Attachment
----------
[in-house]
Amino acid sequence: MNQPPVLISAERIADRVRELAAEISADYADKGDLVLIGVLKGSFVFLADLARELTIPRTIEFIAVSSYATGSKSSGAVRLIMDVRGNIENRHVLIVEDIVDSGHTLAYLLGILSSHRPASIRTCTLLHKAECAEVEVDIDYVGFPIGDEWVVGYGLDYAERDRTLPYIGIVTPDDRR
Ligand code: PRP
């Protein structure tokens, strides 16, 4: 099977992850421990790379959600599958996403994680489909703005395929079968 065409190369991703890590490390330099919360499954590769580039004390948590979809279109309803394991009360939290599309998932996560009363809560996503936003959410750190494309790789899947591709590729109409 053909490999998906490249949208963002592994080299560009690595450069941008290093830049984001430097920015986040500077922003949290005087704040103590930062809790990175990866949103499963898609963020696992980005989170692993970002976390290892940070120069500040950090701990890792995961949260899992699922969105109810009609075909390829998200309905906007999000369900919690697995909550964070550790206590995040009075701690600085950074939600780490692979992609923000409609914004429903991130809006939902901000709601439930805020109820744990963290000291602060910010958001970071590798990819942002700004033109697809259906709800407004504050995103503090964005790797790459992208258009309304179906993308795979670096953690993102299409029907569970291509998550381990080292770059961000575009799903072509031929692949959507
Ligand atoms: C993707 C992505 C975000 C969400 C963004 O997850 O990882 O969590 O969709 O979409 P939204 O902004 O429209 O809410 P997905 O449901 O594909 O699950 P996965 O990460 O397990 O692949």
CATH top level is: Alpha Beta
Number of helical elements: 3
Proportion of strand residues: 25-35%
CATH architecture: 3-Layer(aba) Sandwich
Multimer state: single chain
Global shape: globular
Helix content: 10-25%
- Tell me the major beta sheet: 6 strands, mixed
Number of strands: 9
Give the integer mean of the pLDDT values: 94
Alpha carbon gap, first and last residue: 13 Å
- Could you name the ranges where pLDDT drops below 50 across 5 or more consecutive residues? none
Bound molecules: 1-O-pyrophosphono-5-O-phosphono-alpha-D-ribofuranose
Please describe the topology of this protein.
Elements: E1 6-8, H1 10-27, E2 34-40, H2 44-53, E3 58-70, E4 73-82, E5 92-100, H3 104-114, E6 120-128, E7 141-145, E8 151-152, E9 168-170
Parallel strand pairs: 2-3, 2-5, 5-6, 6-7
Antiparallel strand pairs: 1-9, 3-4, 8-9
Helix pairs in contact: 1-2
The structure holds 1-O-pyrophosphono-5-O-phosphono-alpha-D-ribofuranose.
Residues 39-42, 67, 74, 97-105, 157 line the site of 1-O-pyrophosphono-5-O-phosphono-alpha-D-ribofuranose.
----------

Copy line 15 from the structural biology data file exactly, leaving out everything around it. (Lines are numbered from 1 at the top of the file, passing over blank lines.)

Give the integer mean of the pLDDT values: 94